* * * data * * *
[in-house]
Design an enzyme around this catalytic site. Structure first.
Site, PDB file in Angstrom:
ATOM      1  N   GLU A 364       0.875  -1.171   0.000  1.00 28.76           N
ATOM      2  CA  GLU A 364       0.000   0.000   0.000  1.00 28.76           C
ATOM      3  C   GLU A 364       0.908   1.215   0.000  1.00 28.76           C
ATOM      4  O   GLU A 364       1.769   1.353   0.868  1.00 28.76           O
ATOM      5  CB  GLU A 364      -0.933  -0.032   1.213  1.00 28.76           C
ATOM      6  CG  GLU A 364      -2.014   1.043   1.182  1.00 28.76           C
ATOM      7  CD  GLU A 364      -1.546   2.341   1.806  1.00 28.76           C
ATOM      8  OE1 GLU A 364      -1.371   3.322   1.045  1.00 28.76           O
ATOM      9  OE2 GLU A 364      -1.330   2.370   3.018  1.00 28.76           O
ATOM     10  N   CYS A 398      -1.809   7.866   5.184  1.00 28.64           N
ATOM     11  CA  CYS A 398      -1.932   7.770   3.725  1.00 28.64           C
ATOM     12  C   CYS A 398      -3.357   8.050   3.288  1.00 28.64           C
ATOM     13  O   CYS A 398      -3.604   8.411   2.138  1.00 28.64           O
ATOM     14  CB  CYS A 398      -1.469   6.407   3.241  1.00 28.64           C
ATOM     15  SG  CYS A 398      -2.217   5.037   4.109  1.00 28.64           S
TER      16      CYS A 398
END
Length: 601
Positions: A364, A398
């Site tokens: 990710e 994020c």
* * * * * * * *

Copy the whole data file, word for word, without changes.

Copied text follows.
[in-house]
Design an enzyme around this catalytic site. Structure first.
Site, PDB file in Angstrom:
ATOM      1  N   GLU A 364       0.875  -1.171   0.000  1.00 28.76           N
ATOM      2  CA  GLU A 364       0.000   0.000   0.000  1.00 28.76           C
ATOM      3  C   GLU A 364       0.908   1.215   0.000  1.00 28.76           C
ATOM      4  O   GLU A 364       1.769   1.353   0.868  1.00 28.76           O
ATOM      5  CB  GLU A 364      -0.933  -0.032   1.213  1.00 28.76           C
ATOM      6  CG  GLU A 364      -2.014   1.043   1.182  1.00 28.76           C
ATOM      7  CD  GLU A 364      -1.546   2.341   1.806  1.00 28.76           C
ATOM      8  OE1 GLU A 364      -1.371   3.322   1.045  1.00 28.76           O
ATOM      9  OE2 GLU A 364      -1.330   2.370   3.018  1.00 28.76           O
ATOM     10  N   CYS A 398      -1.809   7.866   5.184  1.00 28.64           N
ATOM     11  CA  CYS A 398      -1.932   7.770   3.725  1.00 28.64           C
ATOM     12  C   CYS A 398      -3.357   8.050   3.288  1.00 28.64           C
ATOM     13  O   CYS A 398      -3.604   8.411   2.138  1.00 28.64           O
ATOM     14  CB  CYS A 398      -1.469   6.407   3.241  1.00 28.64           C
ATOM     15  SG  CYS A 398      -2.217   5.037   4.109  1.00 28.64           S
TER      16      CYS A 398
END
Length: 601
Positions: A364, A398
């Site tokens: 990710e 994020c």